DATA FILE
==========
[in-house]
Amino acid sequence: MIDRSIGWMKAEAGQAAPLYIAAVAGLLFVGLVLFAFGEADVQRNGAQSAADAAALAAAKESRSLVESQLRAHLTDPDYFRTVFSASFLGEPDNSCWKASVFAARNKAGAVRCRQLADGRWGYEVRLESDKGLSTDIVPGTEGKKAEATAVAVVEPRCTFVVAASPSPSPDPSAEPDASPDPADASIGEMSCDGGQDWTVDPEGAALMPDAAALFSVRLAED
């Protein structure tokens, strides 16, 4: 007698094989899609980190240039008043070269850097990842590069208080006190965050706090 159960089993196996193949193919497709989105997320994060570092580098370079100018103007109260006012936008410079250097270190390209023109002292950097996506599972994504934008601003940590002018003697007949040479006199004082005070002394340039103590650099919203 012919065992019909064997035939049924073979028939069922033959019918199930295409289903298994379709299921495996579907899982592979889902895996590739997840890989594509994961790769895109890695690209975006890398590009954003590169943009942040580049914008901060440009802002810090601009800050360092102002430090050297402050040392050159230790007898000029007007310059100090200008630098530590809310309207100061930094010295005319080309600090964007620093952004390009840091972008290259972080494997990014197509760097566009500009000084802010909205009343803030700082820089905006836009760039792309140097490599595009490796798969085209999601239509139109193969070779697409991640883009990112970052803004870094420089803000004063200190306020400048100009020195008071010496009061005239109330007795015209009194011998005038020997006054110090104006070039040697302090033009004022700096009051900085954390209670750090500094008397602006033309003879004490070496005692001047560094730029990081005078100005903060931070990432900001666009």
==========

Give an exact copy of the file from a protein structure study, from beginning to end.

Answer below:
[in-house]
Amino acid sequence: MIDRSIGWMKAEAGQAAPLYIAAVAGLLFVGLVLFAFGEADVQRNGAQSAADAAALAAAKESRSLVESQLRAHLTDPDYFRTVFSASFLGEPDNSCWKASVFAARNKAGAVRCRQLADGRWGYEVRLESDKGLSTDIVPGTEGKKAEATAVAVVEPRCTFVVAASPSPSPDPSAEPDASPDPADASIGEMSCDGGQDWTVDPEGAALMPDAAALFSVRLAED
């Protein structure tokens, strides 16, 4: 007698094989899609980190240039008043070269850097990842590069208080006190965050706090 159960089993196996193949193919497709989105997320994060570092580098370079100018103007109260006012936008410079250097270190390209023109002292950097996506599972994504934008601003940590002018003697007949040479006199004082005070002394340039103590650099919203 012919065992019909064997035939049924073979028939069922033959019918199930295409289903298994379709299921495996579907899982592979889902895996590739997840890989594509994961790769895109890695690209975006890398590009954003590169943009942040580049914008901060440009802002810090601009800050360092102002430090050297402050040392050159230790007898000029007007310059100090200008630098530590809310309207100061930094010295005319080309600090964007620093952004390009840091972008290259972080494997990014197509760097566009500009000084802010909205009343803030700082820089905006836009760039792309140097490599595009490796798969085209999601239509139109193969070779697409991640883009990112970052803004870094420089803000004063200190306020400048100009020195008071010496009061005239109330007795015209009194011998005038020997006054110090104006070039040697302090033009004022700096009051900085954390209670750090500094008397602006033309003879004490070496005692001047560094730029990081005078100005903060931070990432900001666009």